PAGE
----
Shared Language Keys

The Shared Language Keys sample provides a JSP portlet that displays language keys.

Figure 1: The sample JSP portlet displays three language keys.

Figure 1: The sample JSP portlet displays three language keys.

The language keys displayed in the portlet come from two different modules.

What API(s) and/or code components does this sample highlight?

This sample is broken into two modules:

  • language
  • language-web

The language-web module provides a JSP portlet with unique language keys that it displays. The language module provides a resource module which only holds language keys. Its sole purpose is to share language keys with the JSP portlet provided in language-web. This sample conveys Liferay’s recommended approach to sharing language keys through OSGi services.

How does this sample leverage the API(s) and/or code component?

You must deploy both language-web and language modules to simulate this sample’s targeted demonstration.

First, note the language keys provided by each module:

  • language-web

    • blade_language_web_LanguageWebPortlet.caption=Hello from BLADE Language Web!
    • blade_language_web_override_LanguageWebPortlet.caption=I have overridden the key from BLADE Language Module!
  • language

    • blade_language_LanguageWebPortlet.caption=Hello from the BLADE Language Module!
    • blade_language_web_override_LanguageWebPortlet.caption=Hello from the BLADE Language Module but you won't see me!

When you place the sample BLADE Language Web portlet on a Liferay DXP page, you’re presented with three language keys:

Figure 2: The Language Web portlet displays three phrases, two of which are shared from a different module.

Figure 2: The Language Web portlet displays three phrases, two of which are shared from a different module.

The first message is provided by the language-web module. The second message is from the language module. The third message is provided by both modules; as you can see, the language-web’s message is used, overriding the language module’s identically named language key.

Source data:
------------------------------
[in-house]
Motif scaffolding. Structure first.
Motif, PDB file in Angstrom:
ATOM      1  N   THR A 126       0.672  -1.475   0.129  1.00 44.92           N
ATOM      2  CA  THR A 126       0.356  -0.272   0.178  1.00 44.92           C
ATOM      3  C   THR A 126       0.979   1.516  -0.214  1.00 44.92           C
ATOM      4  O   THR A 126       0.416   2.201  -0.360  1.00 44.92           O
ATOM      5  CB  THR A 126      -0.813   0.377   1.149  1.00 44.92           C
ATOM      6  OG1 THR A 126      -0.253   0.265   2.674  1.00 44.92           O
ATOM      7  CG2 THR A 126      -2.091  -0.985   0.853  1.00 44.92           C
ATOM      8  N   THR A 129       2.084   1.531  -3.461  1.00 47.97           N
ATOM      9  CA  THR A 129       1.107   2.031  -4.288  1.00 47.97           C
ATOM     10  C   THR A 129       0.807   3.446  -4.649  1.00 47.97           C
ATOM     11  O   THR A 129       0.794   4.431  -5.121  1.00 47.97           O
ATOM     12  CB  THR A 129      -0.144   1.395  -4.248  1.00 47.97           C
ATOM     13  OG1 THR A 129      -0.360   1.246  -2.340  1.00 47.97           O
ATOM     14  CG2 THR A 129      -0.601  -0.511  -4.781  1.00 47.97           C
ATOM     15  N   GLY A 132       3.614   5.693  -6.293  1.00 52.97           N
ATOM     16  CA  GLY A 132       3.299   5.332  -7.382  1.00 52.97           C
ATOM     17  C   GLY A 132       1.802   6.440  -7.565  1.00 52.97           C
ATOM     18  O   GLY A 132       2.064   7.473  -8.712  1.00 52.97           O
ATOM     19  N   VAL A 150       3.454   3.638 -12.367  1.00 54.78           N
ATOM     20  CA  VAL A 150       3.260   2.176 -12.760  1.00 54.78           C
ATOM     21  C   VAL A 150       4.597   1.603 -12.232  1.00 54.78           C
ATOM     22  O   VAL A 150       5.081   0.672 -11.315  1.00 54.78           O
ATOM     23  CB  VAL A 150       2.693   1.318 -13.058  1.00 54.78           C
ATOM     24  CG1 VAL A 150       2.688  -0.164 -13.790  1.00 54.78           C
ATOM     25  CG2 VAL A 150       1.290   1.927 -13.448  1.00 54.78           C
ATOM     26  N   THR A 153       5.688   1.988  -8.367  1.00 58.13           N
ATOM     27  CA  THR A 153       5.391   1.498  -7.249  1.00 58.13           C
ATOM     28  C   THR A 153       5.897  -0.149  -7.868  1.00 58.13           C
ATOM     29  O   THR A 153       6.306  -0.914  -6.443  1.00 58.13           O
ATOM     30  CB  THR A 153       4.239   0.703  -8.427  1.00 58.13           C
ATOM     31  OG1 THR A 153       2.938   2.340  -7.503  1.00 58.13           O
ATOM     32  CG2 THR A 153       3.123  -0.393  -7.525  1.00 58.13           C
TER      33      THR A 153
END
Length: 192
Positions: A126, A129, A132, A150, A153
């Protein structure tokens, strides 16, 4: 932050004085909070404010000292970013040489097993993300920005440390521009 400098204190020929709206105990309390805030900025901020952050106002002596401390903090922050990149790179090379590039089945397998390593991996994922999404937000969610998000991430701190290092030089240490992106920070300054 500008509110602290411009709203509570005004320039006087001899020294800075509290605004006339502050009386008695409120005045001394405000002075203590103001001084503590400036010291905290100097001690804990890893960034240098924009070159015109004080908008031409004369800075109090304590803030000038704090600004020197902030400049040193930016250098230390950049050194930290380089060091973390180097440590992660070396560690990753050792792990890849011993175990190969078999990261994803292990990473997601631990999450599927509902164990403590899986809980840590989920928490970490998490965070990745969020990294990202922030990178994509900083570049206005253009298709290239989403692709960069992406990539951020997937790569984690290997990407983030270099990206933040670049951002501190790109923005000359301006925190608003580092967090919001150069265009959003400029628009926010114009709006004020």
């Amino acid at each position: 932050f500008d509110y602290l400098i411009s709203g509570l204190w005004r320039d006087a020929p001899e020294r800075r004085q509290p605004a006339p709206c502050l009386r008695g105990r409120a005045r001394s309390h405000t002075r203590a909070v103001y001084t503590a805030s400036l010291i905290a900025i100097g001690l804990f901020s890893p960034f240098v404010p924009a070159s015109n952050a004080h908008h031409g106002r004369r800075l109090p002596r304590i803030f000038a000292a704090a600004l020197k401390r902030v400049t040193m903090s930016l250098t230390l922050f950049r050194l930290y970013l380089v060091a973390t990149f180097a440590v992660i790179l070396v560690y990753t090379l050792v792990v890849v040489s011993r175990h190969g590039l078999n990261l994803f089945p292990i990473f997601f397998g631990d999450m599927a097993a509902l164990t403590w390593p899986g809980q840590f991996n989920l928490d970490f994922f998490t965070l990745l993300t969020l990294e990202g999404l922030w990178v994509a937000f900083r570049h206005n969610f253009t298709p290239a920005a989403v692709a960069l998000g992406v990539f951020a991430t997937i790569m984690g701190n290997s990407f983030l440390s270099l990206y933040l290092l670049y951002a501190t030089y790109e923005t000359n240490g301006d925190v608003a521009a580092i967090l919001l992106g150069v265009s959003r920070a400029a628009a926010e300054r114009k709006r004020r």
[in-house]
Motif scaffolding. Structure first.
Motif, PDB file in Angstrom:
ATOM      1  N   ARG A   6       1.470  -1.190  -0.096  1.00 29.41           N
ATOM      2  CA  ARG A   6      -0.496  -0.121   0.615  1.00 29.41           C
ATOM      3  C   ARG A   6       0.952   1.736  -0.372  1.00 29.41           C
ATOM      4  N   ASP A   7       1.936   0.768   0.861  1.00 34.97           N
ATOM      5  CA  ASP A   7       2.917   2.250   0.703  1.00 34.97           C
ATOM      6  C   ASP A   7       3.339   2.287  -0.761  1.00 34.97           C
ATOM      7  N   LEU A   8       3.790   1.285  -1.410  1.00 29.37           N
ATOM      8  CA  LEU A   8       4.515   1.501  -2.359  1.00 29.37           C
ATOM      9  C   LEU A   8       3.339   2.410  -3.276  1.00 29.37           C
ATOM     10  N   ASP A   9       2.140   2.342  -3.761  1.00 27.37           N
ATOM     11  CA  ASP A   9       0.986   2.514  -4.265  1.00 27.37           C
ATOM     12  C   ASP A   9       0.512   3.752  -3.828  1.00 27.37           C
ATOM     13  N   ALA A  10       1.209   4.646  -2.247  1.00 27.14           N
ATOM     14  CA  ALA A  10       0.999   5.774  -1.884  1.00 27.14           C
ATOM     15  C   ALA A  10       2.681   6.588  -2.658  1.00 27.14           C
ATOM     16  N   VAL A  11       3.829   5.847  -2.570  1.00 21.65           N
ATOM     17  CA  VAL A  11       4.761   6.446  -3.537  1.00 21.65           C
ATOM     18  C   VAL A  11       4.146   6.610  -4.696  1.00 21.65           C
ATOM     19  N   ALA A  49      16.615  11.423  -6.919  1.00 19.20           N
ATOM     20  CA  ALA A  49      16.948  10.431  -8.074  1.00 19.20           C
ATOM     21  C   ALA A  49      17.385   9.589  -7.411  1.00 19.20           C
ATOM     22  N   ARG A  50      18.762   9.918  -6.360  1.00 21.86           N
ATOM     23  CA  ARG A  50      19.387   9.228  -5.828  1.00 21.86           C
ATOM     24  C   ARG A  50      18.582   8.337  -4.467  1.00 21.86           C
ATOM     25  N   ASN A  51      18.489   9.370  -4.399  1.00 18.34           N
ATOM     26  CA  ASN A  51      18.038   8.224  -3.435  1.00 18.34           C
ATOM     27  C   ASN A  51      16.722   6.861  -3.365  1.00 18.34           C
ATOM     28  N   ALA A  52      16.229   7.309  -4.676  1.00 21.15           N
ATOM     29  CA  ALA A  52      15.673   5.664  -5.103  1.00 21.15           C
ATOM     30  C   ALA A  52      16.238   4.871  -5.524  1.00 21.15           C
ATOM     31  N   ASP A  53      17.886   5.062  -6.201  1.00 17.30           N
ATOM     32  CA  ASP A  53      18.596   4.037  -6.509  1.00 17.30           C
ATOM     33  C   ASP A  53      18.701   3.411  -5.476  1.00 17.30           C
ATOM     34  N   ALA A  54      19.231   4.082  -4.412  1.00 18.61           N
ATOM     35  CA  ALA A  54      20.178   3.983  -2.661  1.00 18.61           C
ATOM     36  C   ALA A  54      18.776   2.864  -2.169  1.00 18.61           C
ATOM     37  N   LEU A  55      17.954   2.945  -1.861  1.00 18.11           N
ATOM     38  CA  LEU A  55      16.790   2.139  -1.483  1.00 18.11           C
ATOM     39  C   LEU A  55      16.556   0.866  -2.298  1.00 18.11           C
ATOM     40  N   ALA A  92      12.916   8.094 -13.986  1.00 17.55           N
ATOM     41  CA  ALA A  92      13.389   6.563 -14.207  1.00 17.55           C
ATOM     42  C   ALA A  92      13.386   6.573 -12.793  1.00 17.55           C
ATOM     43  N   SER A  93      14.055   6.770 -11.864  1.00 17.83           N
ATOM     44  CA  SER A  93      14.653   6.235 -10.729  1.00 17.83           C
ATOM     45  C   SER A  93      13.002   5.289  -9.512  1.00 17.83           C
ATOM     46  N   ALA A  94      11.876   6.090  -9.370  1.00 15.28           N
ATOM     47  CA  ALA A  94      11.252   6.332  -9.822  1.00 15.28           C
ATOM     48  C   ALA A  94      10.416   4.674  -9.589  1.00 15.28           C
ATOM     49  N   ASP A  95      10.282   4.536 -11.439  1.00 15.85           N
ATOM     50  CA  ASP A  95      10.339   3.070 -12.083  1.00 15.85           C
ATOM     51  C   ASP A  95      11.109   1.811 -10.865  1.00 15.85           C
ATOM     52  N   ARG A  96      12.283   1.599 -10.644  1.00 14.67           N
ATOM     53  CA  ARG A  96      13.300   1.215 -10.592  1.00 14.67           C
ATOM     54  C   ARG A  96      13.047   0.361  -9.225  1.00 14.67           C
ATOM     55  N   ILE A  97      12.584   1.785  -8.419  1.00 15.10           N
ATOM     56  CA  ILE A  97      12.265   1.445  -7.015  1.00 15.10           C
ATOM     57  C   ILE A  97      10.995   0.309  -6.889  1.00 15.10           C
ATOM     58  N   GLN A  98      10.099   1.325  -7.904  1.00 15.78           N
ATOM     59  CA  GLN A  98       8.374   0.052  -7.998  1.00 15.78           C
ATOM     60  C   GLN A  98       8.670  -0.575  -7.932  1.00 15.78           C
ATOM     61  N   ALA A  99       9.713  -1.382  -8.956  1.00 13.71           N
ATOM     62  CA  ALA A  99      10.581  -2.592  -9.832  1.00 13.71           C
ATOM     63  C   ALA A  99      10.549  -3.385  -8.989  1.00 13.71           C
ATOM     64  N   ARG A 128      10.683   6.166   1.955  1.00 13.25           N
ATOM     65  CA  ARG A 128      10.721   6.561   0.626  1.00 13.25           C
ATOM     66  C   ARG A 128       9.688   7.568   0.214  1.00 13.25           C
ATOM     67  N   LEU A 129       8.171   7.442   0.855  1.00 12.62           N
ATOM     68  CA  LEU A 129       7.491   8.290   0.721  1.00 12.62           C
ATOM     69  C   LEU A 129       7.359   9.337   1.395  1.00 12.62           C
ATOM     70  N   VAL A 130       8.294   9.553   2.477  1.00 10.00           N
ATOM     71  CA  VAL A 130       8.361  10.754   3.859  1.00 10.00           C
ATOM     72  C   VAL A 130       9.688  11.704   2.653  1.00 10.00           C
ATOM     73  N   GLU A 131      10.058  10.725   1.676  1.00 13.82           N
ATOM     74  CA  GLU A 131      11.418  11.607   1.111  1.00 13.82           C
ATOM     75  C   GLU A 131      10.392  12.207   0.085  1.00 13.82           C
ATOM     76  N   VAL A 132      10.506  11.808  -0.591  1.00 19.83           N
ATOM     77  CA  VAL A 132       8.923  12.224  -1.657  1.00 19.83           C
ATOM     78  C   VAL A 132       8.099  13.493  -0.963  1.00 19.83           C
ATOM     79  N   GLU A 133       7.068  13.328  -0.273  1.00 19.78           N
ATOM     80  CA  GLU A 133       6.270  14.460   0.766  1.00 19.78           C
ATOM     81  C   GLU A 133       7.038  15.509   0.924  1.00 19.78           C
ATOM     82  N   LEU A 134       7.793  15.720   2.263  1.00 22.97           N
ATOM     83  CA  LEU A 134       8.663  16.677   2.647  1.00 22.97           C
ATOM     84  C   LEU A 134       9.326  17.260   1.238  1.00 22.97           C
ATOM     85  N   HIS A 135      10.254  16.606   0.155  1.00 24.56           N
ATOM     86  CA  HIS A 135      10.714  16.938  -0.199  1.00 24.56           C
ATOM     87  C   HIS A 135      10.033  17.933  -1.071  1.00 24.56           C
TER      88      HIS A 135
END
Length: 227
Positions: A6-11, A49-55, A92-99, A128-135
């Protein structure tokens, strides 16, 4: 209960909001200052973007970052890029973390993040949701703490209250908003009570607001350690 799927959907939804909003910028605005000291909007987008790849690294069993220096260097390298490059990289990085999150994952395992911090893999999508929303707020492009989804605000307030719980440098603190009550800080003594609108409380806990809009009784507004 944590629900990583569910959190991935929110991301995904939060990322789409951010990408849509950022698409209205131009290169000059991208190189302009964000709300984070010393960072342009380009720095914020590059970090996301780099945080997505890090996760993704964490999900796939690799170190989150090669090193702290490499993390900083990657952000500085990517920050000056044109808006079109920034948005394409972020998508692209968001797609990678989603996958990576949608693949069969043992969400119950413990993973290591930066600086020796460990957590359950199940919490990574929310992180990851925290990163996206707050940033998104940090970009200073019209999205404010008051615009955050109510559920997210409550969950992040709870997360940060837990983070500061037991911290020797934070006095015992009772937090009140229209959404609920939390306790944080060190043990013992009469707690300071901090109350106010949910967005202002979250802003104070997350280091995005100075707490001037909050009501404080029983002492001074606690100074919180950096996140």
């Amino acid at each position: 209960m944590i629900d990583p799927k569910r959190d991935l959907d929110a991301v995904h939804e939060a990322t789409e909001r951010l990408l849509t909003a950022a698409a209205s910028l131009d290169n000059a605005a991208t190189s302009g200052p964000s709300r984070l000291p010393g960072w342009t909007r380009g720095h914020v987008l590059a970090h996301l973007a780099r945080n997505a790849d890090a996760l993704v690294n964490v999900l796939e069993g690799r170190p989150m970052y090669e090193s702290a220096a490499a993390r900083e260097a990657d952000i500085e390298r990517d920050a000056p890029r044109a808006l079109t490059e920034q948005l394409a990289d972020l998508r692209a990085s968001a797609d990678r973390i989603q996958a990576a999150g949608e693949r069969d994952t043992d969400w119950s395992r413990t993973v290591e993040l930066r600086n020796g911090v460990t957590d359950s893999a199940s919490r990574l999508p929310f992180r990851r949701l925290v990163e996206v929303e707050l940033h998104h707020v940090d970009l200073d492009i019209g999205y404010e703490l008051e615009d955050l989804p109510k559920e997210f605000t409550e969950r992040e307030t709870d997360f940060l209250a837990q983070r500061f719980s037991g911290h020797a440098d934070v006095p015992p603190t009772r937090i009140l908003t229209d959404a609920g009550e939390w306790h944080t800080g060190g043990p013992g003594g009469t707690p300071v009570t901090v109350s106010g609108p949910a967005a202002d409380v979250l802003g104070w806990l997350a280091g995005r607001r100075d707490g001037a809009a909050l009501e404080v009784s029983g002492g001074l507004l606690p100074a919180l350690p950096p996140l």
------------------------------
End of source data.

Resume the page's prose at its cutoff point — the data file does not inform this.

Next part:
This sample shows what takes precedence when displaying language keys. The order for this example goes

  1. language-web module language keys
  2. language module language keys
  3. Liferay DXP language keys

So how does sharing language keys work?

By default, the ResourceBundleLoaderAnalyzerPlugin expands modules with /content/ files to add provided capabilities:


Then the deployed LanguageExtender scans modules with those capabilities to automatically register an associated ResourceBundleLoader.

You can leverage this functionality to use keys from common language modules by republishing an aggregate ResourceBundleLoader. This can be done two ways:

  1. Via Components

    You can get a reference to the registered service in your components as detailed in the Overriding a Module’s Language Keys tutorial. The main disadvantage of this approach is that it forces you to provide a specific implementation of the ResourceBundleLoader, making it harder to modularize in the future.

  2. Via Provide Capability

    The same LanguageExtender that registers the services supports an extended syntax that lets you register an aggregate of a collection of bundles:

     -liferay-aggregate-resource-bundles: \

    This approach has the advantage of easier extensibility. When language keys change, only the common language modules must be built and redeployed for the modules referencing them to recognize their updates.

For more information on sharing language keys, visit the Internationalization tutorials.

Where Is This Sample?

There are three different versions of this sample, each built with a different build tool:

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